Sun | Dec 9, 2018

I was given to the wrong father Pt 2

Published:Sunday | February 7, 2016 | 12:00 AMCathy Risden

Last week we told you the story of Ahon* Forbes who, after 27 years, found out that the man he thought was his biological father wasn't.

Although it has been five years since he found out, Forbes is still hurting and feels betrayed for being robbed of the chance to bond with his biological father and family.

No Easy way

According to Clinical Psychologist Calvin Young, there is no easy way to tell someone the man they thought was their biological father isn't.

But according to Dr Young, Forbes is not the only one who is hurting in this situation - there is also the man who raised him as his own, and his mother who had to figure out what was best for her son.

Dr Young notes that although he understands Forbes' hurt and feeling of betrayal, he also understands that his mother did what she thought was the best decision at the time. "I think she thought if she didn't do what she did, she would have had to raise the child by

herself. But instead, she made a decision that ended up having both parents raising him and we know that psychologically and sociologically, growing up with two parents is much healthier than growing up with one."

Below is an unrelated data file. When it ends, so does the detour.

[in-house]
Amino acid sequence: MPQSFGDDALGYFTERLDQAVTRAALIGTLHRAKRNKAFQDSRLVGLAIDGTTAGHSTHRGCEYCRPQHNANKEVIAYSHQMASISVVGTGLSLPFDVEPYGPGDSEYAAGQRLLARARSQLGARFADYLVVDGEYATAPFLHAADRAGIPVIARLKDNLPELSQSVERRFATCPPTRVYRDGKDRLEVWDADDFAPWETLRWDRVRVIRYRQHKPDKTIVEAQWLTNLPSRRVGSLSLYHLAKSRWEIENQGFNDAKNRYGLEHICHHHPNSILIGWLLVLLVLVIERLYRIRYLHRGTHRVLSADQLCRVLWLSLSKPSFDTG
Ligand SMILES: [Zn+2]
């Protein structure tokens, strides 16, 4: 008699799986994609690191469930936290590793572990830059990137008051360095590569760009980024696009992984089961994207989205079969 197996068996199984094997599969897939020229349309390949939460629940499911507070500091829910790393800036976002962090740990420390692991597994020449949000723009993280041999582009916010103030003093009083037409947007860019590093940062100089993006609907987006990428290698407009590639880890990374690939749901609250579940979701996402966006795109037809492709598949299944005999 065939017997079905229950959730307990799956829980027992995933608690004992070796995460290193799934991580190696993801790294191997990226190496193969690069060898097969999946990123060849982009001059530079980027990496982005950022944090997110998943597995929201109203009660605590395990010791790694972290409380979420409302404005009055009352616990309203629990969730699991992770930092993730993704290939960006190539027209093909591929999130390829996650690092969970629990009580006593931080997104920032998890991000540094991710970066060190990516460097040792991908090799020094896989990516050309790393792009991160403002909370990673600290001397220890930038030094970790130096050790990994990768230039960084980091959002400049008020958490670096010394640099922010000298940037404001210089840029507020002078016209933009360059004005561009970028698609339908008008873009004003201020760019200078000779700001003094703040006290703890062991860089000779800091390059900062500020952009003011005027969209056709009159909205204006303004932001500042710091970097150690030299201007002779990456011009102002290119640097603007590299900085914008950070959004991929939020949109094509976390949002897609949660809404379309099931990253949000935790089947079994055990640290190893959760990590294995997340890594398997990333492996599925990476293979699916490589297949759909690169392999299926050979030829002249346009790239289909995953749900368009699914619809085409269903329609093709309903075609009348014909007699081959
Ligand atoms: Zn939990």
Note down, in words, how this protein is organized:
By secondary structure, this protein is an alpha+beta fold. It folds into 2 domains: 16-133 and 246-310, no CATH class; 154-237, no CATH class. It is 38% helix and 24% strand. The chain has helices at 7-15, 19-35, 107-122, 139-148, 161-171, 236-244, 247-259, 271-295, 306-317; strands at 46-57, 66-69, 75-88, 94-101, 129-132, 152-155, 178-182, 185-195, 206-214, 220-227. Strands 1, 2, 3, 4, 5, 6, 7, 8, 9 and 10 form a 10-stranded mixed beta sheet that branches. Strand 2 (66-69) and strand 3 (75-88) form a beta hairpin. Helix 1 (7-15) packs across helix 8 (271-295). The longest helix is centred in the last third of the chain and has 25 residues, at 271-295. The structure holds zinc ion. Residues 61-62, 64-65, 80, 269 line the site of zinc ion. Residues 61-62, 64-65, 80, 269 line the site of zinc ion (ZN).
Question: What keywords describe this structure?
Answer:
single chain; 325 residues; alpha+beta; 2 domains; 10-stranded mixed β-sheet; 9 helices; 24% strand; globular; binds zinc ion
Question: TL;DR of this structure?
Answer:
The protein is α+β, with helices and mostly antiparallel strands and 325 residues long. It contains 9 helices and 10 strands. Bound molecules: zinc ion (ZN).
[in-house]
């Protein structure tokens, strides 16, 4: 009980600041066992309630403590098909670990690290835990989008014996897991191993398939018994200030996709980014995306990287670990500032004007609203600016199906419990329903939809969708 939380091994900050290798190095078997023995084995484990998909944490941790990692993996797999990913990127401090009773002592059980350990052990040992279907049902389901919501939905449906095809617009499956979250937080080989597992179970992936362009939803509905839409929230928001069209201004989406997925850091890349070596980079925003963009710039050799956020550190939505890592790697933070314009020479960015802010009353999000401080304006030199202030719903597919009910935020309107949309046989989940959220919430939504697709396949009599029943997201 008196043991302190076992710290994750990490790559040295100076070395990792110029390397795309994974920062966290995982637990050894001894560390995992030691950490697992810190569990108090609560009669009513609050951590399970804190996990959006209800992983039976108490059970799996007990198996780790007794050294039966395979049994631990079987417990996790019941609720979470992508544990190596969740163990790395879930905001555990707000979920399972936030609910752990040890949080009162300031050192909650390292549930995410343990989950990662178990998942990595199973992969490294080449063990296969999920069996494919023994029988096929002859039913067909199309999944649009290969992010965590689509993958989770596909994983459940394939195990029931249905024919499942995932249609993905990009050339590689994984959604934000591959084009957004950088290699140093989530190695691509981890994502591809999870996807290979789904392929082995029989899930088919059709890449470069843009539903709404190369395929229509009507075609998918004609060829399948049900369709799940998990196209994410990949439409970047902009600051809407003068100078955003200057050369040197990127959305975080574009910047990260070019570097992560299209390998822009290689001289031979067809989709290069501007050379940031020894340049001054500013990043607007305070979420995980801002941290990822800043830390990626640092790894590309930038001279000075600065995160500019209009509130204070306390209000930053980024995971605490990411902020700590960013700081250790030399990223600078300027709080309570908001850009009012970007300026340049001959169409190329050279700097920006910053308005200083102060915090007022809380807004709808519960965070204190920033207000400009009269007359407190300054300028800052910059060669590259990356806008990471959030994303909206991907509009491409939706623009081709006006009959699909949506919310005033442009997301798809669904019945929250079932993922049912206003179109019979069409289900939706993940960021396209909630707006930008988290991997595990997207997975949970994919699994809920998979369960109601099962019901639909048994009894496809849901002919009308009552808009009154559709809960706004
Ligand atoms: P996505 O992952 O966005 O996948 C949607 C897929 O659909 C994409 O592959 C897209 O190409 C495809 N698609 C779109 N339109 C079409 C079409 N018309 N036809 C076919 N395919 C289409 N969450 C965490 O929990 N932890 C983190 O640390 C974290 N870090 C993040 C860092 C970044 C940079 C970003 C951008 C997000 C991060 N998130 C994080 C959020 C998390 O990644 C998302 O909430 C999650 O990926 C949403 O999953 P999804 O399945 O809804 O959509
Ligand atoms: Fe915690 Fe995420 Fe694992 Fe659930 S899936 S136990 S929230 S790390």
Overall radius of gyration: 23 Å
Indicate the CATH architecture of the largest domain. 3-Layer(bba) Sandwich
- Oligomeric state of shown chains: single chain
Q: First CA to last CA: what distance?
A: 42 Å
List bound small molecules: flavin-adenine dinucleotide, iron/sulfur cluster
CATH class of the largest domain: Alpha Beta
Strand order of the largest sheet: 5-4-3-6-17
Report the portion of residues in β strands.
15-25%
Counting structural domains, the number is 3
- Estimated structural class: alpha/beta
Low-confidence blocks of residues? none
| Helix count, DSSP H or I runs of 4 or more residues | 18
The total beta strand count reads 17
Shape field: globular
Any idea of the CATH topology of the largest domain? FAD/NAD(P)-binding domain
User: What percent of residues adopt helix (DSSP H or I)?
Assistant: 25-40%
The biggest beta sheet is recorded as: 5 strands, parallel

He continued, "Forbes should spend some time working with a good therapist to try to come to terms and get some of these feelings out. And also try to untangle the psychological knot he has been placed in as a result of the bad decision that the father and mother made. Then they both need to sit down and have a series of conversations with each other so they can heal and try to move forward," Dr Young advised.

Making the right choices

Dr Young notes that there is no benefit to having a man raise a child that is not biologically his without his knowledge (though that was not the case with them). He notes that

it is dishonest and potentially dangerous and there are serious psychological consequences for any child not knowing their biological family. "He could have ended up being with his sisters or cousins. There are some severe potential consequences, but it appears that none of those things happened," Dr Young stated.

Dr Young advised that mothers who are in this situation can't just look at the short term but also long-term effects because clearly there are going to be sociological and possibly socio-economical consequences on their children when they make these decisions.

"So you have to be careful," he advised.


He ended by noting that women need to make better choices in terms of who they are getting intimately involved with.

"If you not having a strong,

stable relationship with your partner, you should not be having unprotected sex with them. You open yourself up to issues of paternity, diseases, and your future children to bear the consequences, and damaged relationships with your children, which is happening now," said Dr Young.

"Fathers, if you know a woman is pregnant, it is your responsibility once that is done to support your child no matter what. The bad decisions were made all around and there is consequence for all of them," he added.